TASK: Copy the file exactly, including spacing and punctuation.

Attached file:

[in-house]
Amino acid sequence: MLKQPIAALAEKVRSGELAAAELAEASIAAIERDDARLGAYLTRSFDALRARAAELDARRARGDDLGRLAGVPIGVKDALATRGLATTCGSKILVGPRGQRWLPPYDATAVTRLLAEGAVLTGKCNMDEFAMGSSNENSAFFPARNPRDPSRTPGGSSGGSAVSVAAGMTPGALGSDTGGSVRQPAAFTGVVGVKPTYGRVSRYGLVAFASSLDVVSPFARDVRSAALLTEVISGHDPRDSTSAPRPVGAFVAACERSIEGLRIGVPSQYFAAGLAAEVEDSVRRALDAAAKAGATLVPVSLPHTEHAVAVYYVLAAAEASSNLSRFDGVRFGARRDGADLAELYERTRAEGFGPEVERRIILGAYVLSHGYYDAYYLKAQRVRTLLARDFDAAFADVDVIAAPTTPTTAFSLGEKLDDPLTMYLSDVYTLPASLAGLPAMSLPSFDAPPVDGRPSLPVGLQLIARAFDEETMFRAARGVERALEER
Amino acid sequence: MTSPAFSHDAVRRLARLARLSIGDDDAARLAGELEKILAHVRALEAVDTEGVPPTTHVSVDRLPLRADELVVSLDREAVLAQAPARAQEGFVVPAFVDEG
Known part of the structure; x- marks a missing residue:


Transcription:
[in-house]
Amino acid sequence: MLKQPIAALAEKVRSGELAAAELAEASIAAIERDDARLGAYLTRSFDALRARAAELDARRARGDDLGRLAGVPIGVKDALATRGLATTCGSKILVGPRGQRWLPPYDATAVTRLLAEGAVLTGKCNMDEFAMGSSNENSAFFPARNPRDPSRTPGGSSGGSAVSVAAGMTPGALGSDTGGSVRQPAAFTGVVGVKPTYGRVSRYGLVAFASSLDVVSPFARDVRSAALLTEVISGHDPRDSTSAPRPVGAFVAACERSIEGLRIGVPSQYFAAGLAAEVEDSVRRALDAAAKAGATLVPVSLPHTEHAVAVYYVLAAAEASSNLSRFDGVRFGARRDGADLAELYERTRAEGFGPEVERRIILGAYVLSHGYYDAYYLKAQRVRTLLARDFDAAFADVDVIAAPTTPTTAFSLGEKLDDPLTMYLSDVYTLPASLAGLPAMSLPSFDAPPVDGRPSLPVGLQLIARAFDEETMFRAARGVERALEER
Amino acid sequence: MTSPAFSHDAVRRLARLARLSIGDDDAARLAGELEKILAHVRALEAVDTEGVPPTTHVSVDRLPLRADELVVSLDREAVLAQAPARAQEGFVVPAFVDEG
Known part of the structure; x- marks a missing residue: